Dead Birds Singing

At the edge of the cactus garden
between the rocks
moist earth shrouds her feathered bones.
Only yesterday, I gave the gentle farewell,
commending body to earth and spirit to sky,
planted her among the rocks beside the mint,
the fuchsias, basil, oregano.
The begonias whispered with the thyme
about the young bird’s clattering fall
into the droop of geraniums barely pink,
a window box hint of spring.
Paused there, at my window, confused by the impact,
the blue-eyed stare. No gray dove notes sounded, but
fluffing fledgling wings, it turned
to contemplate the fall.
I, a nervous mother, watched
the stumbling lurch toward outer wall.
High in the lucuma tree, a bird moved to follow.
I felt the sigh when her fledgling caught a garden breeze
and floated briefly toward the sky.
A different bird greeted this dawn
in an old dog’s mouth.
Another fledgling Lima dove
whose spirit just flew south.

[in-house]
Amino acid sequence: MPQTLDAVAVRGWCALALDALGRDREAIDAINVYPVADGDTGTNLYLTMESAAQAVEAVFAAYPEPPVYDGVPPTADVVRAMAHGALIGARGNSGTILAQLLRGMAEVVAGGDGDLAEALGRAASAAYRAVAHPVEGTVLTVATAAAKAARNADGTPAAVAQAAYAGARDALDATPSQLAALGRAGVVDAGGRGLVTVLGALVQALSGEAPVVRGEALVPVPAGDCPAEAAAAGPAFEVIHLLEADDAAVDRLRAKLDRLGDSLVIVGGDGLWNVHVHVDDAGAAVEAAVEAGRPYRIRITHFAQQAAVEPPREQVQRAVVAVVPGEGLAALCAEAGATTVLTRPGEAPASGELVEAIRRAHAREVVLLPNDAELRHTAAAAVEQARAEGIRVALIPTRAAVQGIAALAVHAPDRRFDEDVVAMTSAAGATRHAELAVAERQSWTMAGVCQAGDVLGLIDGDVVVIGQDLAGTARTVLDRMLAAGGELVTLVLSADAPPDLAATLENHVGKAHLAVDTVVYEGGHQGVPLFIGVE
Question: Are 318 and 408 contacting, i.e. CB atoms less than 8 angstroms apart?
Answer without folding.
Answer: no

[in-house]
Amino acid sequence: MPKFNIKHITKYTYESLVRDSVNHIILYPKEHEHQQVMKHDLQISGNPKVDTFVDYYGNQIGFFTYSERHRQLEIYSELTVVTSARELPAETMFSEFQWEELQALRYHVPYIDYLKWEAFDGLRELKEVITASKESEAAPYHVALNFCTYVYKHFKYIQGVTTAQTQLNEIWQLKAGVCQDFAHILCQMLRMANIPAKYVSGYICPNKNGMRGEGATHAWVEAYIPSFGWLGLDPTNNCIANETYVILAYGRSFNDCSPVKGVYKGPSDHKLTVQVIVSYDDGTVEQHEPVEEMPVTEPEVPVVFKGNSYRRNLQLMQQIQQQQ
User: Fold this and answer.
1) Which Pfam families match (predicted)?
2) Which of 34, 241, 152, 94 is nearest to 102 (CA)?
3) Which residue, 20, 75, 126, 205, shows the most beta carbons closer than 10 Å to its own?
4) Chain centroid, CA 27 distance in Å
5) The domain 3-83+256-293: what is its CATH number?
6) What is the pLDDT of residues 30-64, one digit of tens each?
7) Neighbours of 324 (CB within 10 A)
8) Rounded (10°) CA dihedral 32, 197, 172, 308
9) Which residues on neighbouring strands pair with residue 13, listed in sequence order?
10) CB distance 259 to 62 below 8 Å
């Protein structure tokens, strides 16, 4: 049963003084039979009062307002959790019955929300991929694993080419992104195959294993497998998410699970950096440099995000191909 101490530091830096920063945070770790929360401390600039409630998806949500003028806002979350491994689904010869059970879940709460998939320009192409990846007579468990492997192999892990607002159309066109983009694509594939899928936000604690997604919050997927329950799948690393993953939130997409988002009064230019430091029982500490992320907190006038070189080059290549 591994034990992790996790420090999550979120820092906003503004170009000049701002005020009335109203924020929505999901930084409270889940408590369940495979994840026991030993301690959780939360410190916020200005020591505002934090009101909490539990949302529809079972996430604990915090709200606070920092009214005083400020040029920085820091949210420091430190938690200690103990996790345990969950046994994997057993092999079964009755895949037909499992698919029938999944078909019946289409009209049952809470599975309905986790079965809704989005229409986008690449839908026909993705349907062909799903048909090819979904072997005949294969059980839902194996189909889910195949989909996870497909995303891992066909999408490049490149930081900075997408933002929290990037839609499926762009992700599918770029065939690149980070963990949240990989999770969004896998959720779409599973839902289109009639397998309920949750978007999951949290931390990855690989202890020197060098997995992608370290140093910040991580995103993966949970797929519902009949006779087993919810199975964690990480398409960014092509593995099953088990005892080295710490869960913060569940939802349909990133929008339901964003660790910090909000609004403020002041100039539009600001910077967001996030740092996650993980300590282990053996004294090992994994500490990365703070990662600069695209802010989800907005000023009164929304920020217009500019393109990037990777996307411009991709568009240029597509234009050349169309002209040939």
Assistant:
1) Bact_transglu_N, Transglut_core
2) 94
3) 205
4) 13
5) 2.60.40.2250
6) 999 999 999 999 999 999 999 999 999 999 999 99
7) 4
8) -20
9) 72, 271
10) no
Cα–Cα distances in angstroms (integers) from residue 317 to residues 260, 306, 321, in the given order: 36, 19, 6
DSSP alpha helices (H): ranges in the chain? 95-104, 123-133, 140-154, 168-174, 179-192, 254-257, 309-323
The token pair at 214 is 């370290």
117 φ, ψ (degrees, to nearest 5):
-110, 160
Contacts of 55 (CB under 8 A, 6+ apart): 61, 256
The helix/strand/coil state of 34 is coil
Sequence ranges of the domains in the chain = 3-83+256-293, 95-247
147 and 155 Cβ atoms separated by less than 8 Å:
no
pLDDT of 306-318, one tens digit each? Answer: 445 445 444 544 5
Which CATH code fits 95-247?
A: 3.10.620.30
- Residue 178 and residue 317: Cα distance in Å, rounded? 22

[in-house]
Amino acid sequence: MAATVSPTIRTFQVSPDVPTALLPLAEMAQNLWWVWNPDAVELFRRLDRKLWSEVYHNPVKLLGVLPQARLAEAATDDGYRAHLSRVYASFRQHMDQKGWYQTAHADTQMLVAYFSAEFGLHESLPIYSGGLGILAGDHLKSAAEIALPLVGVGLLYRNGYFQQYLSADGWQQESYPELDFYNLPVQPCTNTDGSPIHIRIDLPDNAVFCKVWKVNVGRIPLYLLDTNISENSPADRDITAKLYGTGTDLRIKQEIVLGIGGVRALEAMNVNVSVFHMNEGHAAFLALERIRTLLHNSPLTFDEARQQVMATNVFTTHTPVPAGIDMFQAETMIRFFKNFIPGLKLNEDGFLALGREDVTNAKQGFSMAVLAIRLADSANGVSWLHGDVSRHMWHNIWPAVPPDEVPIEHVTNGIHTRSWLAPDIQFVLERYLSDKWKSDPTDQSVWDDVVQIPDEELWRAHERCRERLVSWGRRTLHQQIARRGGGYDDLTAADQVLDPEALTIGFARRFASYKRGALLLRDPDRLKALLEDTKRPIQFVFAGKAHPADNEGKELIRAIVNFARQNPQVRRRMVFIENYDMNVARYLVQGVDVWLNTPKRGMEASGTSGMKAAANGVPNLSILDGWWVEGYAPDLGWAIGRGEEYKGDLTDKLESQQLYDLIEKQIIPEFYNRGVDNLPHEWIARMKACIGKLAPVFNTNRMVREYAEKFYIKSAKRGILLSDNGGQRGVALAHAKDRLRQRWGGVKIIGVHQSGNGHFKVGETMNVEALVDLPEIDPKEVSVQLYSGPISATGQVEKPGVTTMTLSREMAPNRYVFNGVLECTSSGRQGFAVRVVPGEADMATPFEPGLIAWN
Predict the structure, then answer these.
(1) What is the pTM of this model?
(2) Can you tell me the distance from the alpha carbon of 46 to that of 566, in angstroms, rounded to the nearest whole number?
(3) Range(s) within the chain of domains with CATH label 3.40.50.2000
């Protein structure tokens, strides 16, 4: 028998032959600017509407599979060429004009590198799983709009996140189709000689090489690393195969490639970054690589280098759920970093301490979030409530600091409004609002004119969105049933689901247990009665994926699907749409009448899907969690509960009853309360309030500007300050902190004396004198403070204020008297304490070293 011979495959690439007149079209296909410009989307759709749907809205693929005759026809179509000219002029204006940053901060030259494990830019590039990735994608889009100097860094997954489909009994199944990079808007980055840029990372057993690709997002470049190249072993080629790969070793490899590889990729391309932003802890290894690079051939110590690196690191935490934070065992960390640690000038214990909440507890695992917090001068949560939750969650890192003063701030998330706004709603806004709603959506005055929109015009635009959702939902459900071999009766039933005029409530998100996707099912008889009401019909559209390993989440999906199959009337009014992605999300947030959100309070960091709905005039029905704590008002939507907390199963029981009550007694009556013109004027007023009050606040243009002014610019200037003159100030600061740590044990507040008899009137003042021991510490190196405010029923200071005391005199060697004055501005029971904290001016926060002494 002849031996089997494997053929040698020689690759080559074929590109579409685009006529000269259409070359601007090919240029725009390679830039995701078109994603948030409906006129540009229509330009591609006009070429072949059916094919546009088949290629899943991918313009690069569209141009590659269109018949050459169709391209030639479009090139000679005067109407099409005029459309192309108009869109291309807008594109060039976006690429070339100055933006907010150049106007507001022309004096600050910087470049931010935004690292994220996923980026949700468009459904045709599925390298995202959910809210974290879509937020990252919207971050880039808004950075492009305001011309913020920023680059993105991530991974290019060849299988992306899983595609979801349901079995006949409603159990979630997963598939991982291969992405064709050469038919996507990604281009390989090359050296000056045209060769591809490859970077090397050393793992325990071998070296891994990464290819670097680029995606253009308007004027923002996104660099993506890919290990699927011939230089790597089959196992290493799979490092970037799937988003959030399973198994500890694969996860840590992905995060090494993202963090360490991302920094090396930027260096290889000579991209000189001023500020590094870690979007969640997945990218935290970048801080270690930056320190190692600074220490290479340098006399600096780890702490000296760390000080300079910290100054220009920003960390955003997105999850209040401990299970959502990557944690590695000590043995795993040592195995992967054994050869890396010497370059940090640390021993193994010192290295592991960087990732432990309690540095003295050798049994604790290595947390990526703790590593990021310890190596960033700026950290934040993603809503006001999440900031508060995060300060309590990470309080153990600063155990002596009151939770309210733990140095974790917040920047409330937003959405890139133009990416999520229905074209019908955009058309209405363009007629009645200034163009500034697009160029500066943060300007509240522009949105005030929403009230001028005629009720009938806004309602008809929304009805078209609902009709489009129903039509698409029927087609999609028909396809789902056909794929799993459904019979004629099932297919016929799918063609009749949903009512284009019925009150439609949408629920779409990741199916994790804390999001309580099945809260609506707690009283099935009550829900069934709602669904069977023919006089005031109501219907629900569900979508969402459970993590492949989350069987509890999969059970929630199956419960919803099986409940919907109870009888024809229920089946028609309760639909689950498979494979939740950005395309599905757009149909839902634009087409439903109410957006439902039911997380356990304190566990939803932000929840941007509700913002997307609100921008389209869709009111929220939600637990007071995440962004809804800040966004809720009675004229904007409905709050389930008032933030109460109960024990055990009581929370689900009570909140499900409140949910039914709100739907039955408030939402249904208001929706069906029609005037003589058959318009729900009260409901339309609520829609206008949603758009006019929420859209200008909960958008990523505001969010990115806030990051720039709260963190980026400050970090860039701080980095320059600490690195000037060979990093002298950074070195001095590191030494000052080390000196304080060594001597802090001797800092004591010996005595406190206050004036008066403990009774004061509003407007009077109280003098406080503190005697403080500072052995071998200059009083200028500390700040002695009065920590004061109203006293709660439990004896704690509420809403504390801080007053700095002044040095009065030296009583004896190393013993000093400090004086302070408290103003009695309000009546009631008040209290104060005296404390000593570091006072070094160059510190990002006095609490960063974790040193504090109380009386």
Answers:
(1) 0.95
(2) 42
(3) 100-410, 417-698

About the Author

Seattle native K. M. Huber studied in Portland, OR, then New York City, where she worked for a decade before moving to South America with her Peruvian husband. After working in Costa Rica, Bolivia, Atlanta, and Peru, they recently moved to Maryville, TN. Huber’s work has been published in journals such as Poydras Review, Vice-Versa, Earth Island Journal, Post Road, MacGuffin and Amarillo Bay. She wrote and co-produced an award-winning documentary about deforestation in the Nazca region. Her extensive research into the Nazca culture and the region’s fragile ecosystem resulted in a novel now looking for a home. To view more of her work click below.